Haden Fig, Pinot Noir 2012
Pendulum Red 2011
Vina Real, Plata, Crianza Rioja 2009
Edmunds St. John, Bone/Jolly, Gamay Noir Rose 2013
Bookwalter, Subplot No. 26
Ayna, Tempranillo 2011
Pete's Mountain, Pinot Noir, Haley's Block 2010
Apaltagua, Reserva Camenere 2012
Lugana, San Benedetto 2012
Argyle Brut 2007
Wildewood Pinot Gris 2012
Anciano, Tempranillo Reserva 2007
Santa Rita, Reserva Cabernet 2009
Casone, Toscana 2008
Fonseca Porto, Bin No. 27
Louis Jadot, Pouilly-Fuissé 2011
Trader Joe's, Grower's Reserve Pinot Noir 2012
Zenato, Lugana San Benedetto 2012
Vintjs, Cabernet 2010
14 Hands, Hot to Trot White 2012
Rainstorm, Oregon Pinot Gris 2012
Silver Palm, North Coast Cabernet 2011
Andrew Rich, Gewurtztraminer 2008
Rodney Strong, Charlotte's Home Sauvignon Blanc 2012
Canoe Ridge, Pinot Gris, Expedition 2012
Edmunds St. John, Bone-Jolly Gamay Noir Rose 2012
Dark Horse, Big Red Blend No. 01A
Elk Cove, Pinot Noir Rose 2012
Fletcher, Shiraz 2010
Picollo, Gavi 2011
Domaine Eugene Carrel, Jongieux 2012
Eyrie, Pinot Blanc 2010
Atticus, Pinot Noir 2010
Walter Scott, Pinot Noir, Holstein 2011
Shingleback, Cabernet, Davey Estate 2010
Coppola, Sofia Rose 2012
Joel Gott, 851 Cabernet 2010
Pol Roget Reserve Sparkling Wine
Mount Eden Chardonnay, Santa Cruz Mountains 2009
Rombauer Chardonnay, Napa Valley 2011
Beringer, Chardonnay, Napa Reserve 2011
Kim Crawford, Sauvignon Blanc 2011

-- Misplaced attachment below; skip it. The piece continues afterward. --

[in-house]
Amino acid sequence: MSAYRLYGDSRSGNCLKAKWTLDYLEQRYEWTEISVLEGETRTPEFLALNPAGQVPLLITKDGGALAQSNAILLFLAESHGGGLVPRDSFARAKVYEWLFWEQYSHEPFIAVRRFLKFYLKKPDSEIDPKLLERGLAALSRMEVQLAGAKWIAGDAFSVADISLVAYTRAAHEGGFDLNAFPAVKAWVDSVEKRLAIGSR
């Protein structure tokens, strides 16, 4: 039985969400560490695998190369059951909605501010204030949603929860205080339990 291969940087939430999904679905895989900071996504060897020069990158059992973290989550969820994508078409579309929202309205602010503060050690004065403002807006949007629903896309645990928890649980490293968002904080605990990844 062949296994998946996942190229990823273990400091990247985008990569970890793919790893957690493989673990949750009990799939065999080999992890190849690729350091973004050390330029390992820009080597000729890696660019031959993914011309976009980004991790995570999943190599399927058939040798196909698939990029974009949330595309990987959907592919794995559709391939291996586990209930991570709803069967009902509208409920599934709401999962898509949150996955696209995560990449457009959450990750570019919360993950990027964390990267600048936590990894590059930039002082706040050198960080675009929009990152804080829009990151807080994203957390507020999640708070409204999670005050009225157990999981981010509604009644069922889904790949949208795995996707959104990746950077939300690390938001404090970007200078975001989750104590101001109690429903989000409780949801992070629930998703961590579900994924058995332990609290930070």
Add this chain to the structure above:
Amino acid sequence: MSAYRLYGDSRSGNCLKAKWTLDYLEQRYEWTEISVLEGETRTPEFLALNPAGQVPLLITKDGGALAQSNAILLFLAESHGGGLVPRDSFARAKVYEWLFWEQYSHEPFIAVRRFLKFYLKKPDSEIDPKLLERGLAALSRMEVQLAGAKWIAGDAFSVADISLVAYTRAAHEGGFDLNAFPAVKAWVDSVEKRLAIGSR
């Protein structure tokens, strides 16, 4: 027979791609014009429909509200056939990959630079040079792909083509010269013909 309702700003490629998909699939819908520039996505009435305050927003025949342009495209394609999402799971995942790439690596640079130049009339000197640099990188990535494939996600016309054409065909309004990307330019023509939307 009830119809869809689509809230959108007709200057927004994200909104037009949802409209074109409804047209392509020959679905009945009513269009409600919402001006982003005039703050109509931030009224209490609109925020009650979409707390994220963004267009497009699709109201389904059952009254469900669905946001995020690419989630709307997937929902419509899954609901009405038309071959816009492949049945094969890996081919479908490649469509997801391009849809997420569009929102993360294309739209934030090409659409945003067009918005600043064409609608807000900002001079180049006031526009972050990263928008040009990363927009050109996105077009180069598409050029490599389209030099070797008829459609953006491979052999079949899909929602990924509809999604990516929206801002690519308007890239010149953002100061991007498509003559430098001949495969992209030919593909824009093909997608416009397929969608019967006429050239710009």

Schloss Vollrads, Spaetlese Rheingau 2010
Belle Glos, Pinot Noir, Clark & Telephone 2010
WillaKenzie, Pinot Noir, Estate Cuvee 2010
Blackbird Vineyards, Arise, Red 2010
Chauteau de Beaucastel, Chateauneuf-du-Pape 2005
Northstar, Merlot 2008
Feather, Cabernet 2007
Silver Oak, Cabernet, Alexander Valley 2002
Silver Oak, Cabernet, Napa Valley 2002
Trader Joe's, Chardonnay, Grower's Reserve 2012
Silver Palm, Cabernet, North Coast 2010
Shingleback, Cabernet, Davey Estate 2010
E. Guigal, Cotes du Rhone 2009
Santa Margherita, Pinot Grigio 2011
Alamos, Cabernet 2011
Cousino Macul, Cabernet, Anitguas Reservas 2009
Dreaming Tree Cabernet 2010
1967, Toscana 2009
Charamba, Douro 2008
Horse Heaven Hills, Cabernet 2010
Lorelle, Horse Heaven Hills Pinot Grigio 2011
Avignonesi, Montepulciano 2004
Lorelle, Willamette Valley Pinot Noir 2011
Villa Antinori, Toscana 2007
Mercedes Eguren, Cabernet Sauvignon 2009
Lorelle, Columbia Valley Cabernet 2011
Purple Moon, Merlot 2011
Purple Moon, Chardonnnay 2011
Horse Heaven Hills, Cabernet 2010
Lorelle, Horse Heaven Hills Pinot Grigio 2011
Avignonesi, Montepulciano 2004
Lorelle, Willamette Valley Pinot Noir 2011
Villa Antinori, Toscana 2007
Mercedes Eguren, Cabernet Sauvignon 2009
Lorelle, Columbia Valley Cabernet 2011
Purple Moon, Merlot 2011
Purple Moon, Chardonnnay 2011
Abacela, Vintner's Blend No. 12
Opula Red Blend 2010
Liberte, Pinot Noir 2010
Chateau Ste. Michelle, Indian Wells Red Blend 2010
Woodbridge, Chardonnay 2011
King Estate, Pinot Noir 2011
Famille Perrin, Cotes du Rhone Villages 2010
Columbia Crest, Les Chevaux Red 2010
14 Hands, Hot to Trot White Blend
Familia Bianchi, Malbec 2009
Terrapin Cellars, Pinot Gris 2011
Columbia Crest, Walter Clore Private Reserve 2009
Campo Viejo, Rioja, Termpranillo 2010
Ravenswood, Cabernet Sauvignon 2009
Quinta das Amoras, Vinho Tinto 2010